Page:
Send to

Choose Destination
Environ Mol Mutagen. 2015 Jul;56(6):491-504. doi: 10.1002/em.21944. Epub 2015 Mar 12.

DNA damage foci: Meaning and significance.

Author information

Public Health England, Centre for Radiation, Chemical and Environmental Hazards, Chilton, United Kingdom.
Department of Radiotherapy, Laboratory of Radiation Biology and Experimental Radiation Oncology, University Medical Center Hamburg-Eppendorf, Hamburg, Germany.
Department of Cellular Pathology, Oxford University Hospitals, Headley Way, Headington, Oxford, United Kingdom.


The discovery of DNA damage response proteins such as γH2AX, ATM, 53BP1, RAD51, and the MRE11/RAD50/NBS1 complex, that accumulate and/or are modified in the vicinity of a chromosomal DNA double-strand break to form microscopically visible, subnuclear foci, has revolutionized the detection of these lesions and has enabled studies of the cellular machinery that contributes to their repair. Double-strand breaks are induced directly by a number of physical and chemical agents, including ionizing radiation and radiomimetic drugs, but can also arise as secondary lesions during replication and DNA repair following exposure to a wide range of genotoxins. Here we aim to review the biological meaning and significance of DNA damage foci, looking specifically at a range of different settings in which such markers of DNA damage and repair are being studied and interpreted.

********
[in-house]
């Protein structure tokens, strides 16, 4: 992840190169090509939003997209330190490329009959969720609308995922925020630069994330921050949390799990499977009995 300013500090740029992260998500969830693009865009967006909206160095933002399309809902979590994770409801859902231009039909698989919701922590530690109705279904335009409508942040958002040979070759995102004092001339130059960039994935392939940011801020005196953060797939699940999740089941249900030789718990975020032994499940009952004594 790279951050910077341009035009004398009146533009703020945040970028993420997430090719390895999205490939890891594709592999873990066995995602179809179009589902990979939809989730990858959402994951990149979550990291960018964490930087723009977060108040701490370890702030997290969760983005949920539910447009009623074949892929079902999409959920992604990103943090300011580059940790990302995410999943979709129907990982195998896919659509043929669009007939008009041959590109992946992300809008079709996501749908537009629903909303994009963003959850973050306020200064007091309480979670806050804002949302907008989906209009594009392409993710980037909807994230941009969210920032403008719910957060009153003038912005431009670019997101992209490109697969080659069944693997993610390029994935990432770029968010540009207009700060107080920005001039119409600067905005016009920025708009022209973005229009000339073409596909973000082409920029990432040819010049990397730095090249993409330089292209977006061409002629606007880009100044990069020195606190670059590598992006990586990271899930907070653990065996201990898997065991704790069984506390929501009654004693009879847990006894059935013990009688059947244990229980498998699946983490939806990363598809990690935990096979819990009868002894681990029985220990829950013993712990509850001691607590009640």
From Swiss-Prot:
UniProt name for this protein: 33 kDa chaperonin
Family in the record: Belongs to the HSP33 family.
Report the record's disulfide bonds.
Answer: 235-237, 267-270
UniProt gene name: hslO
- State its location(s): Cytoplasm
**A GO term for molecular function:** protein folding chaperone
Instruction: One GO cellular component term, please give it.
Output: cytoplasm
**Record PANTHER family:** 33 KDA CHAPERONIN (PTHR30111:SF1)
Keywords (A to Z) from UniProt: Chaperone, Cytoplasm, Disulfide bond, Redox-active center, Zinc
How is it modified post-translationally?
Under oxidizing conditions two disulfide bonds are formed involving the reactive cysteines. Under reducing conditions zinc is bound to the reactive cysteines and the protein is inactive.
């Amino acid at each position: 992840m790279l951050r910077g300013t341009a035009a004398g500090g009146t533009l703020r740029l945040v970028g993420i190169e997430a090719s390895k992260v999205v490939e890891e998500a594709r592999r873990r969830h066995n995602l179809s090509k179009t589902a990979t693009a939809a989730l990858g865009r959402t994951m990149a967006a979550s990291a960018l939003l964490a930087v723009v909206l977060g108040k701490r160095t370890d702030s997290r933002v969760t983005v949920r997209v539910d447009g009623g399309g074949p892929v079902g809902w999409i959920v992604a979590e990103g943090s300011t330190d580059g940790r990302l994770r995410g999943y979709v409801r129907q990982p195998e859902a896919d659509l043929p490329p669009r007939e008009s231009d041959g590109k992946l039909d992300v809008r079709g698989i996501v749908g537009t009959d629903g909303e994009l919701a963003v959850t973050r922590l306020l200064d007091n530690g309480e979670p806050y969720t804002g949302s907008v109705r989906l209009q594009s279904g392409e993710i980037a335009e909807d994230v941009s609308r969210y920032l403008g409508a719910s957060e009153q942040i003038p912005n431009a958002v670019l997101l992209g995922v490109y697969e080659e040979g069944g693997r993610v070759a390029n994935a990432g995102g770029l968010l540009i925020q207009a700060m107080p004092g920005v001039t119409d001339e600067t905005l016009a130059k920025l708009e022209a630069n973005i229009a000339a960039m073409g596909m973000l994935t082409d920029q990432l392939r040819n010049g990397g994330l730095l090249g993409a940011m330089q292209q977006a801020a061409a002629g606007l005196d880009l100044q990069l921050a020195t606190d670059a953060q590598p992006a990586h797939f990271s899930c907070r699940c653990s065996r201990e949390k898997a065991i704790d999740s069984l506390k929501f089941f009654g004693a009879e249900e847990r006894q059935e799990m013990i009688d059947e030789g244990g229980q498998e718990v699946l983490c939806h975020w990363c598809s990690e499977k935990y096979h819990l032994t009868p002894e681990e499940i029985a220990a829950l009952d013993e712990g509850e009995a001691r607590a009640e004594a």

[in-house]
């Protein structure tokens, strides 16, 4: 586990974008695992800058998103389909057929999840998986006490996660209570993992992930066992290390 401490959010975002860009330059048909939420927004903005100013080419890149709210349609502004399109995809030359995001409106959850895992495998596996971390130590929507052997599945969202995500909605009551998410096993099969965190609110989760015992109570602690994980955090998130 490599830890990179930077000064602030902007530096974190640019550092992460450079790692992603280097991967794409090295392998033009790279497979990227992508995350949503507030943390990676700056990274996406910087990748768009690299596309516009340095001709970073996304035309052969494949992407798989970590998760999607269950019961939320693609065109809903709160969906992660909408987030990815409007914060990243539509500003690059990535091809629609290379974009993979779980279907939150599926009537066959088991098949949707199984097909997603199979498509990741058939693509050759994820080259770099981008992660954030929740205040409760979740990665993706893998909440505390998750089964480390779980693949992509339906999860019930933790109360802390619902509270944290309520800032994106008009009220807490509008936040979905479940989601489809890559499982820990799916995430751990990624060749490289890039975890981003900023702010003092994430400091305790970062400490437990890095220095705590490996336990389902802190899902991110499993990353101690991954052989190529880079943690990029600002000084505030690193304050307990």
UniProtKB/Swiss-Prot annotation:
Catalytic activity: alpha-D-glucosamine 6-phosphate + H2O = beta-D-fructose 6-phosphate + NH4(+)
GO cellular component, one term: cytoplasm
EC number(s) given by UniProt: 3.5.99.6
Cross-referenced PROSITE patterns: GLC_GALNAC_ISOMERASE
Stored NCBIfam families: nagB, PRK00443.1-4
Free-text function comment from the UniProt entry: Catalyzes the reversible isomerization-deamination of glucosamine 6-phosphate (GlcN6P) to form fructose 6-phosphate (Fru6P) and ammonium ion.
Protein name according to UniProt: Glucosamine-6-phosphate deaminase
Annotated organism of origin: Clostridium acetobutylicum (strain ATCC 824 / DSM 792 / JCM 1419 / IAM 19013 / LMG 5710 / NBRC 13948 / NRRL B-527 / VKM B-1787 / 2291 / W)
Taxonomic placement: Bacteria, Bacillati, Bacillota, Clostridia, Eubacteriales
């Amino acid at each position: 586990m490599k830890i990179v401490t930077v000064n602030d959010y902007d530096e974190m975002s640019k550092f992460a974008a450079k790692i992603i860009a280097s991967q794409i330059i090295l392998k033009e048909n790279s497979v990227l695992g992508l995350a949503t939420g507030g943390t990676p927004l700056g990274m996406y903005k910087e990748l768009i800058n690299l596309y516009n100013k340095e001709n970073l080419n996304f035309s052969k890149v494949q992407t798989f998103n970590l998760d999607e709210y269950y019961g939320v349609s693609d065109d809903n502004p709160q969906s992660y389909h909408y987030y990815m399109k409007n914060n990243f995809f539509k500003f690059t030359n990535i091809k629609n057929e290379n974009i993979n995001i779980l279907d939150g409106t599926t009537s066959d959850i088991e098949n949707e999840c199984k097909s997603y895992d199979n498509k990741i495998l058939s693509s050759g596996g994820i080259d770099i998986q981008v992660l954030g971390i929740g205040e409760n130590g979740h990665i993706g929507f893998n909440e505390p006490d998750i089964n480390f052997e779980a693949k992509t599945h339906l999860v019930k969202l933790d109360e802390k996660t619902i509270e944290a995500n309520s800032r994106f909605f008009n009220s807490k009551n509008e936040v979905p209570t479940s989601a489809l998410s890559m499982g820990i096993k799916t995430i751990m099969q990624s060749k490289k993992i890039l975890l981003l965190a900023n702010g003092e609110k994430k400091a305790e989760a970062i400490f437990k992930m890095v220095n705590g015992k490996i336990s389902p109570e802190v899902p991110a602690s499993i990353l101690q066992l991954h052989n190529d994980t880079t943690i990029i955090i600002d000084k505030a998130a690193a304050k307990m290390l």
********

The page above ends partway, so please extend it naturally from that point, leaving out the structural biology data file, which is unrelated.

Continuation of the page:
53BP1; DNA double-strand break; genotoxicity; ionizing radiation; γH2AX

[Indexed for MEDLINE]

Supplemental Content

Full text links

Icon for Wiley
Loading ...
Support Center